LGBTIQ people in NSW still woke up this morning in the worst jurisdiction for their legal rights in the country. Just as they did yesterday, and as they will tomorrow.
This includes having the worst anti-discrimination laws, which fail to protect bisexual people (the only place in Australia not to do so), nonbinary people, and intersex people. And which have extraordinary exceptions, allowing all private schools and colleges, religious and non-religious alike, to discriminate against LGBTQ students and teachers.
NSW will likely also soon be the only state or territory which requires trans and gender diverse people to have genital surgery in order to update their birth certificate (assuming Queensland follows through on its promises to reform their own laws this year).
NSW has made no progress on, or given any firm commitments to, prohibiting sexual orientation and gender identity conversion practices (which have already been banned in Victoria and the ACT, partially banned in Queensland, with bans under active consideration elsewhere).
And NSW has also shown no signs it will end what I consider to be the worst human rights abuses against any part of the LGBTIQ community: coercive surgeries and other non-consensual medical interventions on children born with innate variations in sex characteristics (with the ACT and Victorian Governments already committed to reform in this area, and realistic hope for change in at least one other jurisdiction).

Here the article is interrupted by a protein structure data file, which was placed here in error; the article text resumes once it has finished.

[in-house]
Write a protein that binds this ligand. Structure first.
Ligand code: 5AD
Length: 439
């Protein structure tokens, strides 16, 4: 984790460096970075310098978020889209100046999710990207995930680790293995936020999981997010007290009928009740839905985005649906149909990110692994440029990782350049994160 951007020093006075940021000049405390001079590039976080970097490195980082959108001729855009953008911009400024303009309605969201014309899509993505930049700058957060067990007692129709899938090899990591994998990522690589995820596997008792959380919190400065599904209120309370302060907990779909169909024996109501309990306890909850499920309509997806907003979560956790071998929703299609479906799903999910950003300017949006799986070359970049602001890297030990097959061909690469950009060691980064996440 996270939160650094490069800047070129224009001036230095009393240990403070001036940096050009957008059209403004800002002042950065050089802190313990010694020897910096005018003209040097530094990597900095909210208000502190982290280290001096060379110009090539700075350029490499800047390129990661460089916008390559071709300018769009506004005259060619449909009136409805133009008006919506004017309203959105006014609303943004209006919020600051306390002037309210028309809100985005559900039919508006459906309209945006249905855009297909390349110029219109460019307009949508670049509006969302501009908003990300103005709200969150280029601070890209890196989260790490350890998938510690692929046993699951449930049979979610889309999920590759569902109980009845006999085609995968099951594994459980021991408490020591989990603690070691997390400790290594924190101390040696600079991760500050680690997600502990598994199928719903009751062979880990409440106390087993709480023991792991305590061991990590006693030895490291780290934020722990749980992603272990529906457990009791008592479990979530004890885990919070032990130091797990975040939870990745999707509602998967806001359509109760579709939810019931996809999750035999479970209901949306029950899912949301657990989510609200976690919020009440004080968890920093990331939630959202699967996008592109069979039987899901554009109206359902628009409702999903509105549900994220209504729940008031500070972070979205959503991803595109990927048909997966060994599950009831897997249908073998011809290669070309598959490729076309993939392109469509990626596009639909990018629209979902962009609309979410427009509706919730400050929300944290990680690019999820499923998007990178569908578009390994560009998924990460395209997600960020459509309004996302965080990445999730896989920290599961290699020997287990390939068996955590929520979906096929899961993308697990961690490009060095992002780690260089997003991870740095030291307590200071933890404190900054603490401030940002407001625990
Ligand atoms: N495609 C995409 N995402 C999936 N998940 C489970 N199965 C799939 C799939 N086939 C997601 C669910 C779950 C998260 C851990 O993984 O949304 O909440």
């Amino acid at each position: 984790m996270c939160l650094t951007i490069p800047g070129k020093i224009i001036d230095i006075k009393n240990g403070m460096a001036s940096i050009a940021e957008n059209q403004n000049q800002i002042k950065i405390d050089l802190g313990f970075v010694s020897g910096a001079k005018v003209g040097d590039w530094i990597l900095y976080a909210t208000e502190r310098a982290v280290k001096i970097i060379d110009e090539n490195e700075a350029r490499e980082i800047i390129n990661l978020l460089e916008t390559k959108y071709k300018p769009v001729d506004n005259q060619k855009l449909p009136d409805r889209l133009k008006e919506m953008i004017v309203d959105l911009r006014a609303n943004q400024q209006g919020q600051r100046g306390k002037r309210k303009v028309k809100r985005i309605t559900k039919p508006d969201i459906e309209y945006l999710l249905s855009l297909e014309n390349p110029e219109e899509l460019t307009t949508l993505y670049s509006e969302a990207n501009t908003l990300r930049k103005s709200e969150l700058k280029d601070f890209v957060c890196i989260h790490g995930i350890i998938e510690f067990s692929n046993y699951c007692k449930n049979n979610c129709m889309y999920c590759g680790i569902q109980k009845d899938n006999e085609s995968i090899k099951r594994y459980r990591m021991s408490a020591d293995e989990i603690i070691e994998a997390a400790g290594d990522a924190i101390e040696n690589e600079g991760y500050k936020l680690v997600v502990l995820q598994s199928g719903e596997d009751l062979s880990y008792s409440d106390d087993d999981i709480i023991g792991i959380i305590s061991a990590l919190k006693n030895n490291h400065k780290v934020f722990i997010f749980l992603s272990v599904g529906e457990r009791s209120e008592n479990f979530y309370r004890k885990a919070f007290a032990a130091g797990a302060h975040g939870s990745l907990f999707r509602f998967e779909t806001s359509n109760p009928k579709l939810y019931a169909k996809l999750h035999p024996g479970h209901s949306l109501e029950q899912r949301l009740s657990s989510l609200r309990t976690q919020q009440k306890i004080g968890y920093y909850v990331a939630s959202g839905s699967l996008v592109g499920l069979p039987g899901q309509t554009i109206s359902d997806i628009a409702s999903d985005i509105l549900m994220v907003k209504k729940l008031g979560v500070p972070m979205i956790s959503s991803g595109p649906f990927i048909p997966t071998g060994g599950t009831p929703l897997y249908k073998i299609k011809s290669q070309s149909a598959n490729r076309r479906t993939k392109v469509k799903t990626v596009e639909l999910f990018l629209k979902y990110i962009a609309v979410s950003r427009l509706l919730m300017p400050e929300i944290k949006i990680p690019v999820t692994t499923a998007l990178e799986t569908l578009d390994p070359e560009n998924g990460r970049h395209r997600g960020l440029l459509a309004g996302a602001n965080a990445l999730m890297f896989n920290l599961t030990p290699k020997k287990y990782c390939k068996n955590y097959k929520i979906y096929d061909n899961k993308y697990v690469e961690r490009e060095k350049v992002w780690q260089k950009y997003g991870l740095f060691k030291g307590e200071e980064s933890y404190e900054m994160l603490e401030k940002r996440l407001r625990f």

All the NSW Government did yesterday was rule out taking another step backwards.
But even standing still means that, with each and every passing year, NSW falls further and further behind on LGBTIQ law reform.
Next week (Friday 25 March) will mark exactly one year to go until the next State election.